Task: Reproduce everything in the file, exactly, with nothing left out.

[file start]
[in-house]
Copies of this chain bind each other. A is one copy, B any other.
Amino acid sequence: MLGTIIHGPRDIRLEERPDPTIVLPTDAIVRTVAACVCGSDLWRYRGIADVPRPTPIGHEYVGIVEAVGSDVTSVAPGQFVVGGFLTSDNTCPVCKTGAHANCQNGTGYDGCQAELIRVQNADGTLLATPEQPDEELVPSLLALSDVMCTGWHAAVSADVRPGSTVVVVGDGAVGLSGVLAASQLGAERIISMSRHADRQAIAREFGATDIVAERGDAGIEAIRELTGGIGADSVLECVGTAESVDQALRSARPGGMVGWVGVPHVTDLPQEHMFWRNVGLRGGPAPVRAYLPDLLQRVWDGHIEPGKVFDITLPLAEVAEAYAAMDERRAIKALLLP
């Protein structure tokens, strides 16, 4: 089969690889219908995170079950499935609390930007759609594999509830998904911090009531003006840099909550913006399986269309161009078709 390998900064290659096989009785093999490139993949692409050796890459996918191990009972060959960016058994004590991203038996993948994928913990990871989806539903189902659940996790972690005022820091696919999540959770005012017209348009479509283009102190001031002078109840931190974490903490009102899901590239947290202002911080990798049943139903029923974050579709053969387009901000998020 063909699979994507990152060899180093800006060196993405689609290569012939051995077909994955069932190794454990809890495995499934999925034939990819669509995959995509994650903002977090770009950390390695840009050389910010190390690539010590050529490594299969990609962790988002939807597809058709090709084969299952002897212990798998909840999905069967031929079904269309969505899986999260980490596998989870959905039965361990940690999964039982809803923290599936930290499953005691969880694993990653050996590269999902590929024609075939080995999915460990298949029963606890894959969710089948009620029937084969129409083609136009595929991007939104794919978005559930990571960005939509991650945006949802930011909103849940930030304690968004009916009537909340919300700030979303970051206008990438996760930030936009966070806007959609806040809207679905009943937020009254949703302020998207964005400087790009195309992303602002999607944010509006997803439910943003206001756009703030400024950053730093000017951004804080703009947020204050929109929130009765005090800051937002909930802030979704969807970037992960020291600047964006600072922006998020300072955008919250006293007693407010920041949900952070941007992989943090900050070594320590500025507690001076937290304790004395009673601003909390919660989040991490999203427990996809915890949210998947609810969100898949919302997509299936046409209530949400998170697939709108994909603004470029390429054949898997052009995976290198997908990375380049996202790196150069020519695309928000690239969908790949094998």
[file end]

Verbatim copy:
[in-house]
Copies of this chain bind each other. A is one copy, B any other.
Amino acid sequence: MLGTIIHGPRDIRLEERPDPTIVLPTDAIVRTVAACVCGSDLWRYRGIADVPRPTPIGHEYVGIVEAVGSDVTSVAPGQFVVGGFLTSDNTCPVCKTGAHANCQNGTGYDGCQAELIRVQNADGTLLATPEQPDEELVPSLLALSDVMCTGWHAAVSADVRPGSTVVVVGDGAVGLSGVLAASQLGAERIISMSRHADRQAIAREFGATDIVAERGDAGIEAIRELTGGIGADSVLECVGTAESVDQALRSARPGGMVGWVGVPHVTDLPQEHMFWRNVGLRGGPAPVRAYLPDLLQRVWDGHIEPGKVFDITLPLAEVAEAYAAMDERRAIKALLLP
């Protein structure tokens, strides 16, 4: 089969690889219908995170079950499935609390930007759609594999509830998904911090009531003006840099909550913006399986269309161009078709 390998900064290659096989009785093999490139993949692409050796890459996918191990009972060959960016058994004590991203038996993948994928913990990871989806539903189902659940996790972690005022820091696919999540959770005012017209348009479509283009102190001031002078109840931190974490903490009102899901590239947290202002911080990798049943139903029923974050579709053969387009901000998020 063909699979994507990152060899180093800006060196993405689609290569012939051995077909994955069932190794454990809890495995499934999925034939990819669509995959995509994650903002977090770009950390390695840009050389910010190390690539010590050529490594299969990609962790988002939807597809058709090709084969299952002897212990798998909840999905069967031929079904269309969505899986999260980490596998989870959905039965361990940690999964039982809803923290599936930290499953005691969880694993990653050996590269999902590929024609075939080995999915460990298949029963606890894959969710089948009620029937084969129409083609136009595929991007939104794919978005559930990571960005939509991650945006949802930011909103849940930030304690968004009916009537909340919300700030979303970051206008990438996760930030936009966070806007959609806040809207679905009943937020009254949703302020998207964005400087790009195309992303602002999607944010509006997803439910943003206001756009703030400024950053730093000017951004804080703009947020204050929109929130009765005090800051937002909930802030979704969807970037992960020291600047964006600072922006998020300072955008919250006293007693407010920041949900952070941007992989943090900050070594320590500025507690001076937290304790004395009673601003909390919660989040991490999203427990996809915890949210998947609810969100898949919302997509299936046409209530949400998170697939709108994909603004470029390429054949898997052009995976290198997908990375380049996202790196150069020519695309928000690239969908790949094998």